Posts Tagged call for papers
I love my job. I build amazing projects with a great team. I teach courses about all things digital. I collaborate extensively with friends on a wide range of projects. And along the way, I get to rethink what it means to work in and around the academy. My role is part of what has been increasingly called an alternative academic—or alt-ac—career.
Last year, the #alt-academy collection highlighted the wide range of jobs that fall under the umbrella of alt-ac. I contributed an essay on how to go about finding and applying for such positions as well as reflecting on the feelings and appearance of failure that one may (inevitably?) feel on transitioning from traditional academic careers and into a new position. My paper was part of a cluster in #alt-academy dedicated to providing “signposts” for people who were trying to figure out new trajectories, actively working on getting there.
In May of this year, a second Getting There cluster was announced. Like the first, this collection will provide a venue for discussing the pathways one may take to an alt-ac track and provide these signposts for those who are curious about alt-ac. My exciting job has slowed me down in organizing this cluster as I would have liked to. But today, I am formally inviting abstracts for essays and other media that explore “getting there.”
Contributions to the cluster may include any of the following:
- reflections on the decisions and circumstances that lead or led to alternative academic work
- the education and training of graduate students
- consideration of the practices that prepare one to be successful on the alt-ac track
- suggestions for overcoming barriers to effective preparation for alt-ac work
- critical essays, personal narratives, or general “alt-ac advice”
While I expect most submissions for this CFP will take the form of original essays, the #alt-academy project welcomes other forms of participation and media: YouTube videos, diaries, materials from panels or workshops, tweets tagged with #altacadvice, previously published blog posts, and more.
Given the participants in the first iteration of #alt-academy, many of the contributions are slanted towards those working within the digital humanities. While welcoming further contributions from those within that community of practice, I am particular eager to see abstracts from those working elsewhere in the academy.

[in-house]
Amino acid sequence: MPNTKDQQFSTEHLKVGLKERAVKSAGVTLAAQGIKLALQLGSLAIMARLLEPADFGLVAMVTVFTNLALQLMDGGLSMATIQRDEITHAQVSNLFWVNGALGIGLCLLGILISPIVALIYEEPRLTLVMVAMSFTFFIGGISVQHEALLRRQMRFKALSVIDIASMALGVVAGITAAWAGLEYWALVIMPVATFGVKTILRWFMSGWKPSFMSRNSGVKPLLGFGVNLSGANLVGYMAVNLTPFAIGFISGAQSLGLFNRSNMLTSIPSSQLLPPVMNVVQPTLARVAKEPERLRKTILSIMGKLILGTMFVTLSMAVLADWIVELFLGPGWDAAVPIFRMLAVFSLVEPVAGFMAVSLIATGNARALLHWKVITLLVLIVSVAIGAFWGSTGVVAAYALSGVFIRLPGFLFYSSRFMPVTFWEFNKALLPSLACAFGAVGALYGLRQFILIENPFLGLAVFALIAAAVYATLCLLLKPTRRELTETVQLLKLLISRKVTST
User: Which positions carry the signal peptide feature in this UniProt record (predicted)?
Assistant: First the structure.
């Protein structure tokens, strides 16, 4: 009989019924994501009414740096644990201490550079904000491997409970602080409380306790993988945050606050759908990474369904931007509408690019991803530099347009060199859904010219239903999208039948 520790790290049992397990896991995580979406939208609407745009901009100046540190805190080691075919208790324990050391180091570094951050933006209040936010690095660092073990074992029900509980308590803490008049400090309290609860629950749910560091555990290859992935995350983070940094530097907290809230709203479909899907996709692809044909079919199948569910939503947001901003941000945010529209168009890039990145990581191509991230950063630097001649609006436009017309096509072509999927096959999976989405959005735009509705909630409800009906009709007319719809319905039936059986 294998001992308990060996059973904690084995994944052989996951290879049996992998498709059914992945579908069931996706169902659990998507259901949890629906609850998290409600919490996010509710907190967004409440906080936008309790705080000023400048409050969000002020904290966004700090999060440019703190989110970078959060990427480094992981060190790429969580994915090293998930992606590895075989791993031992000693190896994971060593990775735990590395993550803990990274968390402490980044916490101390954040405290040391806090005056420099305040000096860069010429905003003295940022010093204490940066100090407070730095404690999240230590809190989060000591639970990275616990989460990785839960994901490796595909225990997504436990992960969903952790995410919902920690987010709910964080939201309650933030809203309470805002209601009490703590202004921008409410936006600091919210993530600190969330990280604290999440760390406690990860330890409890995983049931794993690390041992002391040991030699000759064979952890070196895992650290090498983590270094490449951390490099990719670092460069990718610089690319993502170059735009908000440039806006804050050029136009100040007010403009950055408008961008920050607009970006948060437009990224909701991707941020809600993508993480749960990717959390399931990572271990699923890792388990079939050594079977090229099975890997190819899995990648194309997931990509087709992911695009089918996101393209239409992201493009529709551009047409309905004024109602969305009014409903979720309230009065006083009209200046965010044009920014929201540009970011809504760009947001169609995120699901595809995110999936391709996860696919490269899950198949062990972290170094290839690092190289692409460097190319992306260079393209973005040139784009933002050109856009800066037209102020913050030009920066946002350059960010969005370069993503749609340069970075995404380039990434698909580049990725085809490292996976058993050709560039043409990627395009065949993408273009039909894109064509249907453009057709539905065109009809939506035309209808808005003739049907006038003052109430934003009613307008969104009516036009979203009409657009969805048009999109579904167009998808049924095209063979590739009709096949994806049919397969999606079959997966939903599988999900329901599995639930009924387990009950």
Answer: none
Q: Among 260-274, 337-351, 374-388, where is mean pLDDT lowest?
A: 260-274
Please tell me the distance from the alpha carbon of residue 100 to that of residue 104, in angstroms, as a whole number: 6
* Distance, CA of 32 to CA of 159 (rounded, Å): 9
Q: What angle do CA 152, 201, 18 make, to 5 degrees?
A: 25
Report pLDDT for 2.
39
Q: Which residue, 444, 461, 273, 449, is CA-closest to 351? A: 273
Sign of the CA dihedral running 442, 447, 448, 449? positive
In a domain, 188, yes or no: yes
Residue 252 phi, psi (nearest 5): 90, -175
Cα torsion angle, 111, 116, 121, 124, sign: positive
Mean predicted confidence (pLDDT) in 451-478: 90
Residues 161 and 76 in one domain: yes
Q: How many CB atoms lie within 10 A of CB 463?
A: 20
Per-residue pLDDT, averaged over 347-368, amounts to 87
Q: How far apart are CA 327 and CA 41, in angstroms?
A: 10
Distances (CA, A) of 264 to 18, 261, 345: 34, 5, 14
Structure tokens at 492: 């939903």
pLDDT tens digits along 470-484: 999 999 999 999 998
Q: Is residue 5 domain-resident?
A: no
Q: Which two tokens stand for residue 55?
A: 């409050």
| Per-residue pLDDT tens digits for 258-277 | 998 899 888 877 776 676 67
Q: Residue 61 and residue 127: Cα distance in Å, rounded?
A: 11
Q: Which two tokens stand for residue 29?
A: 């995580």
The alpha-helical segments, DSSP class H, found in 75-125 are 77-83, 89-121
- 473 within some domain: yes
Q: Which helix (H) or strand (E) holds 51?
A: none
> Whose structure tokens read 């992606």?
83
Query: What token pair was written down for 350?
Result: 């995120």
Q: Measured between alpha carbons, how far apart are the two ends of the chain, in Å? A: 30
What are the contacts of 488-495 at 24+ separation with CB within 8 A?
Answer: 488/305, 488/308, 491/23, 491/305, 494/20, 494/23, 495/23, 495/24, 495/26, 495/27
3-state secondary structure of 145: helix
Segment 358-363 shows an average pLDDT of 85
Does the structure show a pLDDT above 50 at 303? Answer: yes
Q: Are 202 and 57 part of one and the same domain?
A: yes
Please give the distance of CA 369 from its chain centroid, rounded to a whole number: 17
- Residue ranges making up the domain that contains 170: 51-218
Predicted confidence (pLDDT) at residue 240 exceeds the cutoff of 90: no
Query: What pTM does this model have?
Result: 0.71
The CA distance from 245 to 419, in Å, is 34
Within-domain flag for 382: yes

#alt-academy accepts new contributions at any time. However, I know deadlines make it easier for all of us to get things done. As such, please send abstracts by 17 November 2012. Drafts of essays will be expected by early winter 2013 but will certainly be welcome before that point. Individual pieces for the “Getting There 2” cluster will probably be published as they are completed.
Contributing to #alt-academy is a bit unusual. But so is the nature of our work.
A few years ago, my colleague Rachel Bowser and I co-edited a special issue of Neo-Victorian Studies on the subject of steampunk. As I’m guessing you already know, steampunk is a movement fascinated by the vagaries of time as well as technology. So perhaps that’s why we find ourselves–two years later–going back to this particular imagined future.
We are seeking abstracts for inclusion in a proposal for an edited volume on steampunk. The anthology will present a varied look at steampunk culture and criticism, presenting a comprehensive look at the genre’s impact and development in the fields of art and material cultural. Accordingly, we seek proposals that explore any of a range of iterations of the genre. These may include, for example, analysis of:
- Steampunk fiction
- Steampunk film
- Steampunk visual art
- Steampunk fashion
- Steampunk performance
- Steampunk fan culture
- Steampunk in relationship to preceding science fiction and -punk genres
- Steampunk and feminism
- Steampunk and postcolonial paradigms
- Steampunk and Victorian studies
- Steampunk and technology studies
We hope to present this collection as of interest to both steampunk enthusiasts and non-specialists in the genre, as well as both academic and generalist readers. With this in mind, please submit proposals that are steeped in steampunk culture and criticism, that could be of interest to a generalist audience and that have a strong sense of the stakes of steampunk analysis for broader cultural studies.